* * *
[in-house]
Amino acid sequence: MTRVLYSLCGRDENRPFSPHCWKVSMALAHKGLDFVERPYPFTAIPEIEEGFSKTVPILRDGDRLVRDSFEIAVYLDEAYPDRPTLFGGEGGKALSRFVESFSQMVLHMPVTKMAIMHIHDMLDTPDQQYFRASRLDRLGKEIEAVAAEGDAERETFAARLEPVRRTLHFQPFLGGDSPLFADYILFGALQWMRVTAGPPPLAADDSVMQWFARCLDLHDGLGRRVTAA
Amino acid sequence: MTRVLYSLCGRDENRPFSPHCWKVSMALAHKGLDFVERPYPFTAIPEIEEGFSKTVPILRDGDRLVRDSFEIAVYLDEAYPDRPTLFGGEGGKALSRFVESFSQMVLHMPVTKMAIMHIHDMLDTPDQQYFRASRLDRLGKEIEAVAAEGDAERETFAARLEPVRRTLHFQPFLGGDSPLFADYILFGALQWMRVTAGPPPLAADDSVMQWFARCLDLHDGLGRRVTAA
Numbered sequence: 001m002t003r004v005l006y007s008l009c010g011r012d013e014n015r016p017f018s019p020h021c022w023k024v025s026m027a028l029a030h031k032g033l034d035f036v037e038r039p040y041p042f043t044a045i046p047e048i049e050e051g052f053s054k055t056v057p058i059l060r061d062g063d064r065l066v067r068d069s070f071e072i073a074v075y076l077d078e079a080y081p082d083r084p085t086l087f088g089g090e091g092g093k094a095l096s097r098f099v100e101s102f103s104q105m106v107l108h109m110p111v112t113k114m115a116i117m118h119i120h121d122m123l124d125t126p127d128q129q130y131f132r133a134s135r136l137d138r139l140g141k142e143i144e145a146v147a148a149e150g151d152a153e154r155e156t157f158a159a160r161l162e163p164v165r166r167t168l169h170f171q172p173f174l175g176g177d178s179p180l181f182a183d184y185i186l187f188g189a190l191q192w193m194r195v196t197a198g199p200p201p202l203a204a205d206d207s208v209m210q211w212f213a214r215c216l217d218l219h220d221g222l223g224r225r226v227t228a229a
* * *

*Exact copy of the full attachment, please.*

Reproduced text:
[in-house]
Amino acid sequence: MTRVLYSLCGRDENRPFSPHCWKVSMALAHKGLDFVERPYPFTAIPEIEEGFSKTVPILRDGDRLVRDSFEIAVYLDEAYPDRPTLFGGEGGKALSRFVESFSQMVLHMPVTKMAIMHIHDMLDTPDQQYFRASRLDRLGKEIEAVAAEGDAERETFAARLEPVRRTLHFQPFLGGDSPLFADYILFGALQWMRVTAGPPPLAADDSVMQWFARCLDLHDGLGRRVTAA
Amino acid sequence: MTRVLYSLCGRDENRPFSPHCWKVSMALAHKGLDFVERPYPFTAIPEIEEGFSKTVPILRDGDRLVRDSFEIAVYLDEAYPDRPTLFGGEGGKALSRFVESFSQMVLHMPVTKMAIMHIHDMLDTPDQQYFRASRLDRLGKEIEAVAAEGDAERETFAARLEPVRRTLHFQPFLGGDSPLFADYILFGALQWMRVTAGPPPLAADDSVMQWFARCLDLHDGLGRRVTAA
Numbered sequence: 001m002t003r004v005l006y007s008l009c010g011r012d013e014n015r016p017f018s019p020h021c022w023k024v025s026m027a028l029a030h031k032g033l034d035f036v037e038r039p040y041p042f043t044a045i046p047e048i049e050e051g052f053s054k055t056v057p058i059l060r061d062g063d064r065l066v067r068d069s070f071e072i073a074v075y076l077d078e079a080y081p082d083r084p085t086l087f088g089g090e091g092g093k094a095l096s097r098f099v100e101s102f103s104q105m106v107l108h109m110p111v112t113k114m115a116i117m118h119i120h121d122m123l124d125t126p127d128q129q130y131f132r133a134s135r136l137d138r139l140g141k142e143i144e145a146v147a148a149e150g151d152a153e154r155e156t157f158a159a160r161l162e163p164v165r166r167t168l169h170f171q172p173f174l175g176g177d178s179p180l181f182a183d184y185i186l187f188g189a190l191q192w193m194r195v196t197a198g199p200p201p202l203a204a205d206d207s208v209m210q211w212f213a214r215c216l217d218l219h220d221g222l223g224r225r226v227t228a229a